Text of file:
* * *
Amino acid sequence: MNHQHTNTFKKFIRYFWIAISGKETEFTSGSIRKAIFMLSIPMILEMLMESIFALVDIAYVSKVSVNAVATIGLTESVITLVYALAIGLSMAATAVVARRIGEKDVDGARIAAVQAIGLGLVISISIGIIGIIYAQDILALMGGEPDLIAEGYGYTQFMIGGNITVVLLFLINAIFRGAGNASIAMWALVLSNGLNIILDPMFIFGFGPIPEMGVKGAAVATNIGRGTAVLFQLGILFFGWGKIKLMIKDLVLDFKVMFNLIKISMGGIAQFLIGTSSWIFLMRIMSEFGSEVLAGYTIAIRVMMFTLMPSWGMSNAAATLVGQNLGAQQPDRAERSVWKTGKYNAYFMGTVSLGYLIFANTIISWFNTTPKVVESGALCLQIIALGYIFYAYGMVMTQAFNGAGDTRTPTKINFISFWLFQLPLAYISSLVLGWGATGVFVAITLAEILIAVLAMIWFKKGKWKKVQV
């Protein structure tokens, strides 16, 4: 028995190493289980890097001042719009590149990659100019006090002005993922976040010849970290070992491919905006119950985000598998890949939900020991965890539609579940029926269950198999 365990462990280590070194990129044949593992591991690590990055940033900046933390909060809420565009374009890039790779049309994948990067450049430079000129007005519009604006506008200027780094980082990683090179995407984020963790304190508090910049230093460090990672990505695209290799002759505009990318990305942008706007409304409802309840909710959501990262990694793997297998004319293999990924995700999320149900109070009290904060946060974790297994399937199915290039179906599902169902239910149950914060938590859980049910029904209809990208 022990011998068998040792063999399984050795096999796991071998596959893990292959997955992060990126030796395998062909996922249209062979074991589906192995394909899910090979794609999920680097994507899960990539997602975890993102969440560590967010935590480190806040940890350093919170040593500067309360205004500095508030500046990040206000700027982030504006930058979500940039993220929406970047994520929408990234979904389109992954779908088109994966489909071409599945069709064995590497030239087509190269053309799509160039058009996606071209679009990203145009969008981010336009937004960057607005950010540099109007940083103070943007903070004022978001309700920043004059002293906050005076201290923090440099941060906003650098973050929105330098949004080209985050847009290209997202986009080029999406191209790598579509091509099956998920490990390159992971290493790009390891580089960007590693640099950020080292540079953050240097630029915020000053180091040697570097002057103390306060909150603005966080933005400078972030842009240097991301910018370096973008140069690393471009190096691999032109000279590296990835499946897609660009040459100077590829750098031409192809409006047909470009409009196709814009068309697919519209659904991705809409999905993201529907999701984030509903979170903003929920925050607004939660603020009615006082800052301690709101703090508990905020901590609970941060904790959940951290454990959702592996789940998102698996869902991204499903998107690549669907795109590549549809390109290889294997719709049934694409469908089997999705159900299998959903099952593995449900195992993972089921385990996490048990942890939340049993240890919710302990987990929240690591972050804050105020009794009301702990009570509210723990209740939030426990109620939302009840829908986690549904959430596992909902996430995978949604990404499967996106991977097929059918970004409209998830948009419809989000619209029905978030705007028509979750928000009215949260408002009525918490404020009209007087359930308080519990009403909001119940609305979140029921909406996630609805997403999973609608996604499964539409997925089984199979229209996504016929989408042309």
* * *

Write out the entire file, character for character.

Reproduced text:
Amino acid sequence: MNHQHTNTFKKFIRYFWIAISGKETEFTSGSIRKAIFMLSIPMILEMLMESIFALVDIAYVSKVSVNAVATIGLTESVITLVYALAIGLSMAATAVVARRIGEKDVDGARIAAVQAIGLGLVISISIGIIGIIYAQDILALMGGEPDLIAEGYGYTQFMIGGNITVVLLFLINAIFRGAGNASIAMWALVLSNGLNIILDPMFIFGFGPIPEMGVKGAAVATNIGRGTAVLFQLGILFFGWGKIKLMIKDLVLDFKVMFNLIKISMGGIAQFLIGTSSWIFLMRIMSEFGSEVLAGYTIAIRVMMFTLMPSWGMSNAAATLVGQNLGAQQPDRAERSVWKTGKYNAYFMGTVSLGYLIFANTIISWFNTTPKVVESGALCLQIIALGYIFYAYGMVMTQAFNGAGDTRTPTKINFISFWLFQLPLAYISSLVLGWGATGVFVAITLAEILIAVLAMIWFKKGKWKKVQV
């Protein structure tokens, strides 16, 4: 028995190493289980890097001042719009590149990659100019006090002005993922976040010849970290070992491919905006119950985000598998890949939900020991965890539609579940029926269950198999 365990462990280590070194990129044949593992591991690590990055940033900046933390909060809420565009374009890039790779049309994948990067450049430079000129007005519009604006506008200027780094980082990683090179995407984020963790304190508090910049230093460090990672990505695209290799002759505009990318990305942008706007409304409802309840909710959501990262990694793997297998004319293999990924995700999320149900109070009290904060946060974790297994399937199915290039179906599902169902239910149950914060938590859980049910029904209809990208 022990011998068998040792063999399984050795096999796991071998596959893990292959997955992060990126030796395998062909996922249209062979074991589906192995394909899910090979794609999920680097994507899960990539997602975890993102969440560590967010935590480190806040940890350093919170040593500067309360205004500095508030500046990040206000700027982030504006930058979500940039993220929406970047994520929408990234979904389109992954779908088109994966489909071409599945069709064995590497030239087509190269053309799509160039058009996606071209679009990203145009969008981010336009937004960057607005950010540099109007940083103070943007903070004022978001309700920043004059002293906050005076201290923090440099941060906003650098973050929105330098949004080209985050847009290209997202986009080029999406191209790598579509091509099956998920490990390159992971290493790009390891580089960007590693640099950020080292540079953050240097630029915020000053180091040697570097002057103390306060909150603005966080933005400078972030842009240097991301910018370096973008140069690393471009190096691999032109000279590296990835499946897609660009040459100077590829750098031409192809409006047909470009409009196709814009068309697919519209659904991705809409999905993201529907999701984030509903979170903003929920925050607004939660603020009615006082800052301690709101703090508990905020901590609970941060904790959940951290454990959702592996789940998102698996869902991204499903998107690549669907795109590549549809390109290889294997719709049934694409469908089997999705159900299998959903099952593995449900195992993972089921385990996490048990942890939340049993240890919710302990987990929240690591972050804050105020009794009301702990009570509210723990209740939030426990109620939302009840829908986690549904959430596992909902996430995978949604990404499967996106991977097929059918970004409209998830948009419809989000619209029905978030705007028509979750928000009215949260408002009525918490404020009209007087359930308080519990009403909001119940609305979140029921909406996630609805997403999973609608996604499964539409997925089984199979229209996504016929989408042309």